Tag: Grossglockner

It was a bad year for Austria’s glaciers

Not much time left for Alpine ice

Glacier remnants are visible in the Hohe Tauern Range of Austria in areas where there were thick ice caps just a few decades ago. The IPCC estimates that about 80 percent of the glaciers in the Alps will be gone by 2100 at the current rate of melting. @bberwyn photo.

Staff Report

Austrian climate scientists aren’t mincing words when it comes to the continued alpine meltdown caused by global warming.

“It was a bad year for Austria’s glaciers,” scientists with the ZAMG said last week, announcing that the Pasterze Glacier, below the country’s highest peak, thinned by 2 meters in just one year. At the current melt rate, the Pasterze glacier’s tongue is likely to disappear altogether in another 40 years.

“The ice-mass loss was particularly high this year,” said glacier expert Berhard Hynek. The winter snow cover melted early and the ice was exposed to sun and warm temperatures for a very long time,” he said, adding that other glaciers monitored by the agency also thinned by an average of about 2 meters – equal to the losses measured during the record melt years of 2003 and 2012. Continue reading “It was a bad year for Austria’s glaciers”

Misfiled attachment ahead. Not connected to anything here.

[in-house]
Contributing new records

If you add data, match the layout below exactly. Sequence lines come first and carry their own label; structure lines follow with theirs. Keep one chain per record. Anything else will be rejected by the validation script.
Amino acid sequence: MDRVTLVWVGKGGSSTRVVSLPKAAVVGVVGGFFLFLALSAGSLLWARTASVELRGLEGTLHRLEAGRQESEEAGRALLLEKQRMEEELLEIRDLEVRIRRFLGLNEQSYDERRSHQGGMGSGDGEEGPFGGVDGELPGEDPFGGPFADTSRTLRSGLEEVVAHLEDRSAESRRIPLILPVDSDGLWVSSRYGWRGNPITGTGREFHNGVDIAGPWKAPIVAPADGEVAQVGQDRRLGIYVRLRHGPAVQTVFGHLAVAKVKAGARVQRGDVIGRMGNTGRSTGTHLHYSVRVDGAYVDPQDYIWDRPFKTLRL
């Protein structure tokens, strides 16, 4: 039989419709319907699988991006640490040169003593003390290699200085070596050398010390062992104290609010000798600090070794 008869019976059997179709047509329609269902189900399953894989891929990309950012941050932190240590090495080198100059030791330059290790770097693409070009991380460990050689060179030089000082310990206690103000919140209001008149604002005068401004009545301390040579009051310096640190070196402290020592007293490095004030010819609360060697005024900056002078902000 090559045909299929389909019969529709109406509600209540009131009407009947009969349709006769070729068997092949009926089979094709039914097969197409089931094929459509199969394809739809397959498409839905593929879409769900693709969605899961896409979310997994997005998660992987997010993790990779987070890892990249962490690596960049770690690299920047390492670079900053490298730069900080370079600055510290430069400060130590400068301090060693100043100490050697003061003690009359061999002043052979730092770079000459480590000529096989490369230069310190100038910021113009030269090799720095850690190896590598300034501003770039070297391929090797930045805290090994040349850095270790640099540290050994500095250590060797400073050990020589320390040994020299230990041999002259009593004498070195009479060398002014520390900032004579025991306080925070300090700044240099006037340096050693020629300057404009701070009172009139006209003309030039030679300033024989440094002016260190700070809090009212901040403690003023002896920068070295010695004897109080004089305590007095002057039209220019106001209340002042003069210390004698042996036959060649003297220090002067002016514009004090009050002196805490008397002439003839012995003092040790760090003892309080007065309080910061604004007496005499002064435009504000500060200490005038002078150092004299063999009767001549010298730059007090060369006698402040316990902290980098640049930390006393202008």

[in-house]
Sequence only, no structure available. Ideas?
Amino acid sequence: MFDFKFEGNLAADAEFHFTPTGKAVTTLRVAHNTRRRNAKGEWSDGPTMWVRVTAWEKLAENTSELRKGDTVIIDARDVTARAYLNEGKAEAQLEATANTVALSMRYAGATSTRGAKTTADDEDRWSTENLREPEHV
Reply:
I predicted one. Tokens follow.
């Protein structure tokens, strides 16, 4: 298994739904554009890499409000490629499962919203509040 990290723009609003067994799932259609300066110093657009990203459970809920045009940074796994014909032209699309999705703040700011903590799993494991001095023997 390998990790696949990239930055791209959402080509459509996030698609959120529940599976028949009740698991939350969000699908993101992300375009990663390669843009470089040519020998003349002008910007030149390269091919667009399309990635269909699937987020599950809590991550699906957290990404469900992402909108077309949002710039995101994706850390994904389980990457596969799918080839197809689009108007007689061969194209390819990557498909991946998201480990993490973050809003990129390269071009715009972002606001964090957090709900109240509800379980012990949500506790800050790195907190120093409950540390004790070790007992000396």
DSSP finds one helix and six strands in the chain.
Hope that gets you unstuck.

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Sunday set: Mountain time!

Around the Grossglockner …

Our reporting for the global warming in the Alps project took us to the high country around Austria’s highest peak, the Grossglockner, late last week, where we saw firsthand how the once mighty glaciers have dwindled to remnant shards of ice in the past few decades, with uncertain consequences for ecosystems below. The mountain valleys are still lush green in the Austrian high country, but there are great concerns that the meltdown could affect aquatic life in the streams below the glaciers, not to mention hydropower production, one of Austria’s main sources of renewable energy.